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Posts posted by EricBall

  1. First, I am not planning on buying one - I've got too many other ways to spend my discretionary time and $$ on.


    But I do wonder who the target market is.  While it is an impressive portable PC at the price point almost everything seems to be a little bit of a compromise.


    The CPU is decent, although will likely struggle with modern AAA titles.  The GPU is probably equivalent to a high-end laptop APU - but nowhere near as powerful as a traditional desktop dedicated GPU.  Again, fine if you're playing "casual" or "indie" games rather than Crysis X.


    Only 16GB of RAM (I'm assuming shared with the GPU) might be a limitation, but probably not as much as the 64GB of slow storage in the base model.


    And as others have pointed out, the low resolution of the display may be an issue as well.  (OTOH, lower resolution typically means higher framerates.)


    There's also the issue of what games will be playable.  While Linux versions do exist for many titles, they often aren't quite as good as the Windows versions.  Nor will many games be playable via Proton.  (See https://www.protondb.com/ for lots more info.)


    However, one place Valve hasn't skimped is on the controls - although I do wonder how well most games will work "out of the box".


    But back to "who is the target market" ?  Probably not the people playing competitive online multiplayer games which dominate the Steam top 10.  And post-COVID will as many people be commuting via public transportation?

  2. @spaceInvader89

    Which email address did you use for me?  (The old atariage one stopped working years ago.)


    But I have no issues with you using the game itself as part of your research.  (That would fall under fair use anyway, but I appreciate you asking first.)


    Send me a DM if there's anything in particular you'd like to know about the game which would help you out.  I'm also curious about what particular properties Skeleton+ has which caught your interest.


    Just don't use it as AI training for killer robots.

    • Like 5
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  3. My technique was to loop through the objects then append the entry to the relevant display list(s).  Just need to store an offset for the end of each list.  But whatever the method you have to transform the Y position to select the correct display list and then the graphics page offset.

    • Like 1

  4. IMHO one of the big challenges of programming the 7800 is the amount of data required to get anything to appear on screen - you need to generate the display lists and the display list list.  And once you get that done you realize it's non-trivial to dynamically generate those display lists efficiently.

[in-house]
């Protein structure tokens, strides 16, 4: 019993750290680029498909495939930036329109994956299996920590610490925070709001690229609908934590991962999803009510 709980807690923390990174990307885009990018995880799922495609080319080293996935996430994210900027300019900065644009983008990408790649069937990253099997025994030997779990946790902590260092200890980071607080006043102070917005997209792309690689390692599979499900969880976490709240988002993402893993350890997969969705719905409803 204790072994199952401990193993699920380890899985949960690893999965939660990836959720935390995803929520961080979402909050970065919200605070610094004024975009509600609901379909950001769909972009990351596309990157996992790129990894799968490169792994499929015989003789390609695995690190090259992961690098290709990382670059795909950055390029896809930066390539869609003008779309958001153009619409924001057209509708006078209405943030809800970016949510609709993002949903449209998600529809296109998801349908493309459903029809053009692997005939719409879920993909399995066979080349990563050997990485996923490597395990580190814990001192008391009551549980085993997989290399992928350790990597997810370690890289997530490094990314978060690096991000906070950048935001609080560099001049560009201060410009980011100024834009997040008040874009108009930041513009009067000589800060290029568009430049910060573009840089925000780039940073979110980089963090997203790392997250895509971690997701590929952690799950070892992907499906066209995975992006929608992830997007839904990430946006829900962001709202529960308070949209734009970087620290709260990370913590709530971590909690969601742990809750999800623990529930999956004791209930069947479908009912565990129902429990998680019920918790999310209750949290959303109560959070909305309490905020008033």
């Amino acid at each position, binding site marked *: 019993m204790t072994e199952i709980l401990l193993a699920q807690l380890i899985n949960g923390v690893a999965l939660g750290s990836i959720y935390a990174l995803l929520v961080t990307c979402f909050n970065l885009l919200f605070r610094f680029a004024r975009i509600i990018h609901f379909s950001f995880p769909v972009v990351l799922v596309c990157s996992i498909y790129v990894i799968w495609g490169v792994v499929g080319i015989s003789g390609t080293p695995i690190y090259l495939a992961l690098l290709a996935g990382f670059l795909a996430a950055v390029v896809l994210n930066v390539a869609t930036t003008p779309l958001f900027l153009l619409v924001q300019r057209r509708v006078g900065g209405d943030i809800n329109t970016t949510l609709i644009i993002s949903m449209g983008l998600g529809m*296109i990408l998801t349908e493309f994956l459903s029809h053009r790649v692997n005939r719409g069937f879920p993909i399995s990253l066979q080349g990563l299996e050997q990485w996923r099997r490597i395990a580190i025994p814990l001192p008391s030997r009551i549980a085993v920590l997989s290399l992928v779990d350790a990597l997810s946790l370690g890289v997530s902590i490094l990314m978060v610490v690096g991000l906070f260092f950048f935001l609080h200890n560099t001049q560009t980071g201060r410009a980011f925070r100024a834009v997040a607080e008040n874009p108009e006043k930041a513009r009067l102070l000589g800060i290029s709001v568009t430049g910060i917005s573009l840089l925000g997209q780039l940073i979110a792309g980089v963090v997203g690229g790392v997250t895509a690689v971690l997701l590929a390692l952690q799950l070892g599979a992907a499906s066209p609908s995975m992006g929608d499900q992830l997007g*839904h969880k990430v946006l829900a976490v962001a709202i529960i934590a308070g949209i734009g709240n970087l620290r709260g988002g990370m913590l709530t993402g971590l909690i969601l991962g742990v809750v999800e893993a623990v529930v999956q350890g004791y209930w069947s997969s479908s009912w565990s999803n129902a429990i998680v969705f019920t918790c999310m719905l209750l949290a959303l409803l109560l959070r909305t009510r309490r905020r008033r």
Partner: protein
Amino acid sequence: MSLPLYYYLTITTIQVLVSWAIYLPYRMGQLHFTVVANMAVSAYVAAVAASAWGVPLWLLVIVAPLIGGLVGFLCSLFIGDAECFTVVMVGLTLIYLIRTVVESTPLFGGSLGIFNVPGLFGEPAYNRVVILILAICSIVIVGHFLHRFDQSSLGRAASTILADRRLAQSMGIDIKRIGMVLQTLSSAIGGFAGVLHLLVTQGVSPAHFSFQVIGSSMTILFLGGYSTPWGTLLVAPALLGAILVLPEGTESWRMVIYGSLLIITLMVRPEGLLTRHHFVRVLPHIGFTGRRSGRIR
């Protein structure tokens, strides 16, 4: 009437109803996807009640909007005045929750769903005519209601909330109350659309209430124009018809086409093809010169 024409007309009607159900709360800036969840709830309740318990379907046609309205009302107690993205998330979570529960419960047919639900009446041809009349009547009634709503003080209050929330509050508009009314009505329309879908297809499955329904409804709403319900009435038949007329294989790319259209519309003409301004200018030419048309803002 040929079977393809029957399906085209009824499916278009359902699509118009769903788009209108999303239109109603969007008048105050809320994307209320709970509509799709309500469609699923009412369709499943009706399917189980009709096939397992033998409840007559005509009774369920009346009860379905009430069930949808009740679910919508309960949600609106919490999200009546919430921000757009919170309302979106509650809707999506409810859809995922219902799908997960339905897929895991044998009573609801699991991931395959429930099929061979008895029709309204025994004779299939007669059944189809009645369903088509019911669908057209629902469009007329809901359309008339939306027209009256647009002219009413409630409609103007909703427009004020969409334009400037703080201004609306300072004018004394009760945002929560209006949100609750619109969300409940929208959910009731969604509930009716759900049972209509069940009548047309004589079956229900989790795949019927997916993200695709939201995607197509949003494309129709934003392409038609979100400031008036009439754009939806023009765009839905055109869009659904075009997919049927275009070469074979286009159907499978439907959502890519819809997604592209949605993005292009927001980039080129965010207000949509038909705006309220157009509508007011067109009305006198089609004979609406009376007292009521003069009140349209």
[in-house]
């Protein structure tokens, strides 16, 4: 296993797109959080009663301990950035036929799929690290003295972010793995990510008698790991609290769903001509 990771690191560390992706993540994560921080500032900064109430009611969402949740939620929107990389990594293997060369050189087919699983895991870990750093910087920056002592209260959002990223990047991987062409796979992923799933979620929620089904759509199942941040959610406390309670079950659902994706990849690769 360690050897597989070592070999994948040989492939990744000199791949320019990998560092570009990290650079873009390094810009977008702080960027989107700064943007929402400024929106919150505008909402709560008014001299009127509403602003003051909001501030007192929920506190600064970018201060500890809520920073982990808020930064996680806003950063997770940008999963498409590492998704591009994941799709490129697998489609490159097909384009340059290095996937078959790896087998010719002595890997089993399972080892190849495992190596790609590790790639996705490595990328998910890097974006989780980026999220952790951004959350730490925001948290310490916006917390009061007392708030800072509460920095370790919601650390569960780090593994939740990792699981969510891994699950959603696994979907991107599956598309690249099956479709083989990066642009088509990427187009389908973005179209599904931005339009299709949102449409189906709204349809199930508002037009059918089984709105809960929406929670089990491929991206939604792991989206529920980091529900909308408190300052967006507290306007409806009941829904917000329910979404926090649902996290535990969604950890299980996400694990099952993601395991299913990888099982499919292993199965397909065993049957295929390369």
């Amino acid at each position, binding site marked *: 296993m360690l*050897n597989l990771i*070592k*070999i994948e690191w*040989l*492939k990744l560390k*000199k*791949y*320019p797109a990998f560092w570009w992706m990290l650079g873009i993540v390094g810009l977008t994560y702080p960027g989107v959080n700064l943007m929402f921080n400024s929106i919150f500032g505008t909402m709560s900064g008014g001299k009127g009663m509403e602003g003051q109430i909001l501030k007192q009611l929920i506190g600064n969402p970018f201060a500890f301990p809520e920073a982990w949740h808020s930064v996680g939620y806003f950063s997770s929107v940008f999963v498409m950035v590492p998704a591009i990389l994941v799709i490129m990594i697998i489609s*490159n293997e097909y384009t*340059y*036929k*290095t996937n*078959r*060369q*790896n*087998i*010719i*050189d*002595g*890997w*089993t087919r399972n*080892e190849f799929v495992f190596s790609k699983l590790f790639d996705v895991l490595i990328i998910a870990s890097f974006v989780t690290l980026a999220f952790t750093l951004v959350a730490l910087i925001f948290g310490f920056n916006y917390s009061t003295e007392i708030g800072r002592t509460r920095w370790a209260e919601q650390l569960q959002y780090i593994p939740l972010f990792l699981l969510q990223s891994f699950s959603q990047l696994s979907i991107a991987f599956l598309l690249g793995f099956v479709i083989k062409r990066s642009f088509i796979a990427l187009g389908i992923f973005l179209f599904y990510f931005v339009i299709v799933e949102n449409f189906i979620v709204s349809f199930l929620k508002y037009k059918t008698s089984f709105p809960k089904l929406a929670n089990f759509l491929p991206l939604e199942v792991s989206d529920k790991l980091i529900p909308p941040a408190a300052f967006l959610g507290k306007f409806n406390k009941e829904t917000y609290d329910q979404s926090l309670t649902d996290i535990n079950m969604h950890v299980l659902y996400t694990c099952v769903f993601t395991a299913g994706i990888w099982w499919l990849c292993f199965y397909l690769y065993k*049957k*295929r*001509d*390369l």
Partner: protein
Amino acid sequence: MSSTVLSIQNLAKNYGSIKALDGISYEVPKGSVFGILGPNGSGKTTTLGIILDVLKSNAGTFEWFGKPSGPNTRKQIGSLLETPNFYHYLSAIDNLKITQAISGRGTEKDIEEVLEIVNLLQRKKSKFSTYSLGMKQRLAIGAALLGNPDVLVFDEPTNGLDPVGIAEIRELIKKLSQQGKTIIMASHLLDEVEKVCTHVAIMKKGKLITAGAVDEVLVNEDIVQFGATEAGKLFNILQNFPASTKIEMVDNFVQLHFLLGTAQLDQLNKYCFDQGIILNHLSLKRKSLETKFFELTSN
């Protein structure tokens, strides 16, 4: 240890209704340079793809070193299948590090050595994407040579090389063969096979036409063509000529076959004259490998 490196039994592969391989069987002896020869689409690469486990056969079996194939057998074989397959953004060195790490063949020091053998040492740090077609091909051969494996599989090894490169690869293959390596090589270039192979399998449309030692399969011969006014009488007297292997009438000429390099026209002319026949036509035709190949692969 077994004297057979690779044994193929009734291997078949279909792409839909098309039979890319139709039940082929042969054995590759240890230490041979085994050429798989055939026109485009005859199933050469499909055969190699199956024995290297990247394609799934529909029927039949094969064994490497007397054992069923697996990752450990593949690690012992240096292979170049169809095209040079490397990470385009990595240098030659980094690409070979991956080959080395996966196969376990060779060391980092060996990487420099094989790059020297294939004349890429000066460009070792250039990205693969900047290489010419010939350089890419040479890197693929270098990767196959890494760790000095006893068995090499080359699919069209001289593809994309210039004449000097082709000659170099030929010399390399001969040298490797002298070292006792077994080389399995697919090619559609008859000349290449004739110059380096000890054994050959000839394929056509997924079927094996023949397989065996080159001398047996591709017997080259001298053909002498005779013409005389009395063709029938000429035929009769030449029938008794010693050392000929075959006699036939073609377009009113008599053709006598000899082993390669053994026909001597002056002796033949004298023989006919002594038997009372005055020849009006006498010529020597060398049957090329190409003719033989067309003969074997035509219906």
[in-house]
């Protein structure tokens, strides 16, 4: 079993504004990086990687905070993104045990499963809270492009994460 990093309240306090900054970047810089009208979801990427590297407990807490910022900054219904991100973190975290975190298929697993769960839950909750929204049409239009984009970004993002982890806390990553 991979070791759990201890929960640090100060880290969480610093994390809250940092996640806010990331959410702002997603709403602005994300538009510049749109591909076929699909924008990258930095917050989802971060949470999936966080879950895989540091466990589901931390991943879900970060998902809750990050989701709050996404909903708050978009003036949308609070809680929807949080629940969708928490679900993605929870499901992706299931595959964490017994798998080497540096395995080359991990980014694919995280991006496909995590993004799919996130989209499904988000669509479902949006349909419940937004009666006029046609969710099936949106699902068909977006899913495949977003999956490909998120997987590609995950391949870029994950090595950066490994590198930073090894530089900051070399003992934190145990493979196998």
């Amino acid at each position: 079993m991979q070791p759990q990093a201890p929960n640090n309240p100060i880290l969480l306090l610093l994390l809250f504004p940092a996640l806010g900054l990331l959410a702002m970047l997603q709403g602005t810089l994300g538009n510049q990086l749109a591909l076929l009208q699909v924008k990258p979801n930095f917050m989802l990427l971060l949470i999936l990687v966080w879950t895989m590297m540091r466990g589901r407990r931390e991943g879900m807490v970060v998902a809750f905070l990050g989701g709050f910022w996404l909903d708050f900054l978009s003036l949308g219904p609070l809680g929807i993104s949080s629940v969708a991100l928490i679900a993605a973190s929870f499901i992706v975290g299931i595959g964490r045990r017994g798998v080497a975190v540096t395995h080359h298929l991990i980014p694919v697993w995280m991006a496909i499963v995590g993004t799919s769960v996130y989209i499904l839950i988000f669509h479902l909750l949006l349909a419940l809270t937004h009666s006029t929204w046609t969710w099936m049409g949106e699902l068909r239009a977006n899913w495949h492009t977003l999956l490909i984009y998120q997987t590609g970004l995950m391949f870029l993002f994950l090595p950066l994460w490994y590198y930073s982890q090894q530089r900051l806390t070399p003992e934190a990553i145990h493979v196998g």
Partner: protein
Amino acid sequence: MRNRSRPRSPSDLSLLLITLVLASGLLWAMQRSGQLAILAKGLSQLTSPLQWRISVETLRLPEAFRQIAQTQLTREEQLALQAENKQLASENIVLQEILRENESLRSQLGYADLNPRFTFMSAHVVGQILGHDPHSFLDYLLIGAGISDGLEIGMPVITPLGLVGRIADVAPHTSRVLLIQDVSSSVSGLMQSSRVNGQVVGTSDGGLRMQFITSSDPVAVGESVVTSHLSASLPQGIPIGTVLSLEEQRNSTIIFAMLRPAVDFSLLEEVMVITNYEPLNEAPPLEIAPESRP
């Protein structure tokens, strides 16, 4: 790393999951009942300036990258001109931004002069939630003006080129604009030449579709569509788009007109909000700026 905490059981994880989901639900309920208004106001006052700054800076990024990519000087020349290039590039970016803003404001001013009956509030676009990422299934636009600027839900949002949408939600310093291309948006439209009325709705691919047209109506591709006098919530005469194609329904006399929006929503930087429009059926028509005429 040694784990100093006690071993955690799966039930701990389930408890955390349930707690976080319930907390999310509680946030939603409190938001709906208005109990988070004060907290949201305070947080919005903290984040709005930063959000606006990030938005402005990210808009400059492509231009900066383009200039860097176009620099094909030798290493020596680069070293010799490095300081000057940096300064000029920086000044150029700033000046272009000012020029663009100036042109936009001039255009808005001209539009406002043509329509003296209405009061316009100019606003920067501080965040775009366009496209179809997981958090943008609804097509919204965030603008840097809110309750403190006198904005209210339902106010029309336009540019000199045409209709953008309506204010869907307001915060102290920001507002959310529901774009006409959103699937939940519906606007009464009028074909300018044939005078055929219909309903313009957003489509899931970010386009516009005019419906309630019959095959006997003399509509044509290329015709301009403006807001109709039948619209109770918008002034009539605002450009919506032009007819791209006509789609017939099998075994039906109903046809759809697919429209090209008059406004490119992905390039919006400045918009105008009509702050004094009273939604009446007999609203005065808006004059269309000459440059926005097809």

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  5. Just a note to anyone looking at my sprite data to color mapping post, I really recommend you look at the spreadsheet as it makes it much easier to see how the bit patterns match the the different colors.  (And hopefully allow you to avoid making bad assumptions when designing sprites.)


    Also for anyone thinking about using the 320 modes, don't forget that large luma changes between pixels will cause false colors on real hardware (e.g Tower Toppler).


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  6. Thanks for the nod.


    Yeah, the TIA audio generator is pretty limited in what it can create, so trying to use it to duplicate any normal audio is fraught with challenges.  That's one of the reasons I went with the brute force correlation rather than something like the FFT.  (Also given an FFT is just a way of calculating a Discrete Fourier Transform - which is essentially a correlation matrix between the input and the set of sine and cosine waves, I figured I could use the raw TIA waveforms to create a similar correlation matrix.)


    Hmm... I wonder if what is required is to find the "closest" TIA waveform - so rather than looking for an exact match / correlation, instead somehow have each TIA waveform represent a range of frequencies.



  7. 5 hours ago, Synthpopalooza said:

    So, just to clarify:

    320D means that even columns get the 3 colors from palette 0 plus background, and odd columns get the 3 colors from palette 4 plus background.  Is that correct?


    No.  Whether the 320D sprite uses palette 0 or 4 depends upon P2.  P1 & P0 selects which colors are used for the graphics bit combinations.  You get 3 colors + background & transparent from 2 palettes


    5 hours ago, Synthpopalooza said:

    I am also seeing the same in 320C but from across differing palettes.  Is that correct as well?


    320C uses C2 from palettes 0-3 or 4-7 depending upon P2.  So you get 4 colors + background & transparent from 2 "palettes".


    Note: this is better shown in the spreadsheet as it breaks down the exact pixel colors for each graphics & palette bit combination. 


    Don't forget that all 320 modes are subject to color aliasing for adjacent pixels with different Y values.